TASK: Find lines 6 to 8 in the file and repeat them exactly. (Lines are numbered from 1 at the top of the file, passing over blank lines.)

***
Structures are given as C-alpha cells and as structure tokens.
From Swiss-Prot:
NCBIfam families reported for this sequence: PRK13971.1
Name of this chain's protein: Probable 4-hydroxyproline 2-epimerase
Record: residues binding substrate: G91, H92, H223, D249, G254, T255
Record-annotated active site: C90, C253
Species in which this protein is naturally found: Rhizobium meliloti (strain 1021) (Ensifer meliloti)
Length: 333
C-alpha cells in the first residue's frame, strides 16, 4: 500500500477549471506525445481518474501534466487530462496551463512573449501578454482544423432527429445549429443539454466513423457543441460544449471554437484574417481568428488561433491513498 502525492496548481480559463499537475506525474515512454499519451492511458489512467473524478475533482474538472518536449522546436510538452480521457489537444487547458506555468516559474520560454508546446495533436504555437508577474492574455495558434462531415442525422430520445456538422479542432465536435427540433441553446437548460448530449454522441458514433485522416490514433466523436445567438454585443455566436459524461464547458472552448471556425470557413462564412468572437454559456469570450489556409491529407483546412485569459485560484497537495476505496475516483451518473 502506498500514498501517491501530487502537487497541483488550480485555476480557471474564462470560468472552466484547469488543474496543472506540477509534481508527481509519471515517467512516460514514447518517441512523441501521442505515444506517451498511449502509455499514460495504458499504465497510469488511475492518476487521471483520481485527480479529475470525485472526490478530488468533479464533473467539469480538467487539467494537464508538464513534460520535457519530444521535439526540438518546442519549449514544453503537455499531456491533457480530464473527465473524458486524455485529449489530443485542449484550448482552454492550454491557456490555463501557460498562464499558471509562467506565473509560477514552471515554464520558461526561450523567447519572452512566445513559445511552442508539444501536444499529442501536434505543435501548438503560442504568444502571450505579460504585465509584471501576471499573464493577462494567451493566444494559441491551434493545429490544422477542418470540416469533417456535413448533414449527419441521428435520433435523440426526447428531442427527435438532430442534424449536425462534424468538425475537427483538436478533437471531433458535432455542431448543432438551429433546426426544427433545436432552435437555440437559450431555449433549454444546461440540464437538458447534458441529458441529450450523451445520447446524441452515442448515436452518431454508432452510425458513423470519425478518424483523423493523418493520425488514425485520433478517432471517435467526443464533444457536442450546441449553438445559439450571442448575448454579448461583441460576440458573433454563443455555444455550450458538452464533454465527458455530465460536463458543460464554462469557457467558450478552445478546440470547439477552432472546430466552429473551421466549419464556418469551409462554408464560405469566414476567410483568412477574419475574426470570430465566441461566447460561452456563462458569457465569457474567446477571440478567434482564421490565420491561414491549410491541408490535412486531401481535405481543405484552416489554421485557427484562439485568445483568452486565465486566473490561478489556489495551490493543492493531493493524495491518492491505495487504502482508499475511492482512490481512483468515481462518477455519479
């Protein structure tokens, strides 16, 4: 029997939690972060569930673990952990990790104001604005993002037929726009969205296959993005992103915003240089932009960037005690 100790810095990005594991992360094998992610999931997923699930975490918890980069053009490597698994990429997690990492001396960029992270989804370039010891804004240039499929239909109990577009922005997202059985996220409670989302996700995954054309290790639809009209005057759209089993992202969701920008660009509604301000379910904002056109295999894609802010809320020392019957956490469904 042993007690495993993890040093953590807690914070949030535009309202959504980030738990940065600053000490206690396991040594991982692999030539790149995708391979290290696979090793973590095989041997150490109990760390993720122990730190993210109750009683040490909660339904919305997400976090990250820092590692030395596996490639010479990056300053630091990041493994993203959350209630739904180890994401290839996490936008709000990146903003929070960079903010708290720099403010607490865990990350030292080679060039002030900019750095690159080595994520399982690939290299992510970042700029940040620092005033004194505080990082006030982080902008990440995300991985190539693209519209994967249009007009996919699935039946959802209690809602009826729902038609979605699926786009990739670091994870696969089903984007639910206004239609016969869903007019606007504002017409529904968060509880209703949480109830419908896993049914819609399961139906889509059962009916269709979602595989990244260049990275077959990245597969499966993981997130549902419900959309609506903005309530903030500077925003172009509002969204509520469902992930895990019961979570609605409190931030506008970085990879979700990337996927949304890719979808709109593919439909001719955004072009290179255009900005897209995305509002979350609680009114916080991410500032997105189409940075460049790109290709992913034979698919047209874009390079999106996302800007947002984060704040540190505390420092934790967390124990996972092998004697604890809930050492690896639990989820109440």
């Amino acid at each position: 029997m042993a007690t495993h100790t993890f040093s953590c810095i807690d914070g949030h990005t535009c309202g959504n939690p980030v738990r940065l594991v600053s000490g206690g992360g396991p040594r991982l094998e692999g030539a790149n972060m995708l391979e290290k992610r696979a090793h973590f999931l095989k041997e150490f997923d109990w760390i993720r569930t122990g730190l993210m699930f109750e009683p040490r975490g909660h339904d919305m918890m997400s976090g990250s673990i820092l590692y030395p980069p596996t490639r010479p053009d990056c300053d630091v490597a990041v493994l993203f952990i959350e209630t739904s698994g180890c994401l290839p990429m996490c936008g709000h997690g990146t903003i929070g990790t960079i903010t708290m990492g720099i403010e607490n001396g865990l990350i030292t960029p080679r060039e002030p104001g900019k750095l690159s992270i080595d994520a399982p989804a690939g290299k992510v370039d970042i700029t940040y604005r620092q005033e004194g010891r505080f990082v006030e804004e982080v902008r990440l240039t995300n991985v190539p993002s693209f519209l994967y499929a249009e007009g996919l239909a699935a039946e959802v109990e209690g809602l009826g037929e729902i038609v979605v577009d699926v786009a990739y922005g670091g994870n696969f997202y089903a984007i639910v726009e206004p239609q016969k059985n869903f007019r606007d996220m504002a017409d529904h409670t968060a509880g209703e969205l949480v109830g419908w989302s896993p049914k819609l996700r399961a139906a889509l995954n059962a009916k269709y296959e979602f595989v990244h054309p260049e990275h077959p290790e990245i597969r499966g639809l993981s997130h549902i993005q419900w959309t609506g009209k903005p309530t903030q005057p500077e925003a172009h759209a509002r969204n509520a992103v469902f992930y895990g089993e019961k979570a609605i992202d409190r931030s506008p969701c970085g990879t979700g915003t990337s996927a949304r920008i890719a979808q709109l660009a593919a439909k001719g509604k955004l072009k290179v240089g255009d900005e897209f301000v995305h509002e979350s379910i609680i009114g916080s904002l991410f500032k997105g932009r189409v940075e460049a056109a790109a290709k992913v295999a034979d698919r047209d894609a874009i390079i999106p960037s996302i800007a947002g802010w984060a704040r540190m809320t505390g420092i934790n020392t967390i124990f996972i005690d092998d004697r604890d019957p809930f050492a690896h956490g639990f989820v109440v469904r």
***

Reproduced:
Record-annotated active site: C90, C253
Species in which this protein is naturally found: Rhizobium meliloti (strain 1021) (Ensifer meliloti)
Length: 333